What you should know about digital printing

Digital PrintingIt was good to see that the second print run for my MBA book (Beyond The MBA Hype) was sold out on Flipkart. The book was published 1.5 years ago with very little fanfare.

I jumped up in slow motion, pumped my fist in the air and froze there hoping the credits will start rolling.

When I fell back on the ground with a thud, I realized two things.

1. Never mess with the laws of gravity.

2. The ‘sold out’ tag might give me reason to be happy. But it was going to choke the supply on India’s biggest online book retailer’s site till the stock was replenished. Not a good thing!

I was already in discussions with HarperCollins, my publisher, about a new edition for the book as opposed to a regular print run. This meant that the time taken for creating the new content, editing, typesetting, printing and distributing would be significantly higher than a simple re-print. This also meant that we’d be blocking the supply chain just when the interest in the book was peaking.

That’s when the marketing team suggested going for a Digital Printing option as a stop gap solution to keep the wheels churning till the new edition was out in the market. I gave my nod, but had no clue what digital printing was, and why it could only be a stop-gap solution for the mainstream publishers. I did a little research and realized that digital printing is pretty much the standard way many smaller (especially self-publishing) players operate. Here’s the low-down on digital printing.

What is digital printing?

In the traditional printing world, Offset Lithography is the most common method used to print books, newspapers, magazines. It involves transferring an ‘image’ from a plate onto the printing surface. The literal translation of ‘lithograph’ is ‘an image from a stone’.

In contrast, digital printing doesn’t need ‘plates’ (or the need to replace the source that carries the negative image). Instead, inkjet or laser printers are used. The printing surface doesn’t need to be flat or non-porous. So it can be used for many more applications than just printing books.

How is digital printing better (or worse) than regular printing?

Digital printing is quick, easy and more flexible. There’s no loss in the image quality, as there’s no wear & tear of the image source. Correcting mistakes is much easier in the digital form. No ‘plates’ to be fixed, just the digital file.

On the flip side, digital printing is quite expensive compared to traditional printing. A digitally published book can cost 2 to 4 times more than a traditional published book. For bigger volumes, lithographic printing can offer huge savings as the cost per page goes down. With digital printing, the cost of producing every new book remains the same. So there are no (wait for an impressive MBA term) ‘economies of scale’.

Where is digital printing used?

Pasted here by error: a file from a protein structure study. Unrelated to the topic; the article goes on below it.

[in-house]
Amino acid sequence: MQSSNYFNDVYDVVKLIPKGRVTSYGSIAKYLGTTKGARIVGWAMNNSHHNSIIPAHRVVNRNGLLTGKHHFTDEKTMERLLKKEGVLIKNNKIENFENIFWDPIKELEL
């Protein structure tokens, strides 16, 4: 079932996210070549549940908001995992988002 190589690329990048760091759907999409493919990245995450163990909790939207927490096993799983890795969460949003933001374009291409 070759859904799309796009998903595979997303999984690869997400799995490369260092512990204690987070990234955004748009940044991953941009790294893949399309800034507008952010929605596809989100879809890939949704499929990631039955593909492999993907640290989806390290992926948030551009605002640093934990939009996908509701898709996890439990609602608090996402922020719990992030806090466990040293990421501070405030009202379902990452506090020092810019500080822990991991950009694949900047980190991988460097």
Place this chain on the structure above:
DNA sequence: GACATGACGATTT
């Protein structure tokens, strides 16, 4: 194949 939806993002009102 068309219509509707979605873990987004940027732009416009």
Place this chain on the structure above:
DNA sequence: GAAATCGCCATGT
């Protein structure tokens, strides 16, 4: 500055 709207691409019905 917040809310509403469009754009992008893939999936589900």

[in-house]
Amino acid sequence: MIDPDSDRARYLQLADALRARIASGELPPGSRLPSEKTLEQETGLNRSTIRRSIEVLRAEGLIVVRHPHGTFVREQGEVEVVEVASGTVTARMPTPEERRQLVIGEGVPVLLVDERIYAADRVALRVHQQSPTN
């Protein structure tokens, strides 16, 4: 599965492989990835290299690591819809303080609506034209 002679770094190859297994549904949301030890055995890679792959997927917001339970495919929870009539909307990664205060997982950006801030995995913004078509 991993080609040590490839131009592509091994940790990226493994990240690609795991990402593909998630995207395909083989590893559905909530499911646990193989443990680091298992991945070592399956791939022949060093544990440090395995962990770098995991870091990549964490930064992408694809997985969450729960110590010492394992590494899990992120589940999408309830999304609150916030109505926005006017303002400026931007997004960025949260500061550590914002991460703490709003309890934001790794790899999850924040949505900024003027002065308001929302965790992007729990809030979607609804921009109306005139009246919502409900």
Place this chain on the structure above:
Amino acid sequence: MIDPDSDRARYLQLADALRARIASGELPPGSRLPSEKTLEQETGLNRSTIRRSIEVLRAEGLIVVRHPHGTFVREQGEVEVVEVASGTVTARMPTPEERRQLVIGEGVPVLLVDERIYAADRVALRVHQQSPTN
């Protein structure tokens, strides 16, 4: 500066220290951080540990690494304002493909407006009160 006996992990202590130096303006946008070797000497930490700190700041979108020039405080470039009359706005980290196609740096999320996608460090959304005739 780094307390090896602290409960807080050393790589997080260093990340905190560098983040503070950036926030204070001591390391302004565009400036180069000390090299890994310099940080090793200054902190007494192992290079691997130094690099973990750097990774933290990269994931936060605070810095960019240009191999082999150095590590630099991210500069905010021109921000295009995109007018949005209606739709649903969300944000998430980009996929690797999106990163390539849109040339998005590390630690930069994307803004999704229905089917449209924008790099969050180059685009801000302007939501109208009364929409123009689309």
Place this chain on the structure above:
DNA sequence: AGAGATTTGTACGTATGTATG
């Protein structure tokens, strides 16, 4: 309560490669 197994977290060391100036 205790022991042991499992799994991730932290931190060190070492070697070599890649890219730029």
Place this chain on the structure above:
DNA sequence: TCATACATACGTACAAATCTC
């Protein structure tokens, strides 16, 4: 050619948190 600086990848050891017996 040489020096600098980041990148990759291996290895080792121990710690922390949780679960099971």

Digital printing is popular with publishers that follow a ‘Print on demand’ model. This is where there’s no need to maintain a big inventory, like in the case of the traditional publishing model. Books are printed whenever there’s an order. These are immediately shipped out to the reader through regular post or courier.

This means you can cut out the intermediaries (retailers, distributors) and get a bigger slice of the revenue pie. Many self-publishers try to sell the book back to the author, who in turn can play the role of retailer, distributor or book sales-person.

Should you, as the author, choose digital printing?

Use the following rule of thumb to decide:

Are you aiming for the big publishing houses?
In this case, you don’t need to worry about the decision. The publisher will take the call. Most likely, they’ll use lithography printing. Unless of course, they need to go for quick, stop-gap solutions to push a few hundred extra copies in the market, before the main stock arrives.

Are you aiming for self-publishing?
Again in this case, the publisher probably has only one option (digital publishing) for all their authors. Most won’t take on the risk of publishing a whole lot of books at their own cost without knowing if there’s a market for it.

Are you thinking of e-books?
You might still want to have a few hard-copies for yourself and your relatives. In this case, digital printing makes more sense.

Irrespective of the option you choose (or one that’s decided by your publisher), always keep in mind that the laws of economics (& physics) are as important to authors as they are for the rest of the human species.

4 Comments

  1. easwaran sarma says:

    i have almost finished my manuscript. do not know how to go about e publishing .kamat.please advise.

    also how do we go about getting the copy right covered.should we write to each and every author under reference

  2. @Easwaran: This should get you started: About writing a book and getting published

    On the second point, if you are quoting from another book, paper, you’d need to get them credit (as a footnote, appendix etc). If the content is significant, you’ll need their explicit permission as well.

    Also, read this: All about copyrighting your book

  3. sanjeevani kusum says:

    thanks sameer, for all the important information about various publishers. really got started today towards publishing my book. long journey…but would take one step at a time. would get back here with further experiences through my journey.

  4. Kathir Ram says:

    Mr Sameer, could you enlighten a bit more that how to get copyright for existing / published books for e-books? Is it mandatory?

    Happy to hear from you….

Leave a Reply

Your email address will not be published. Required fields are marked *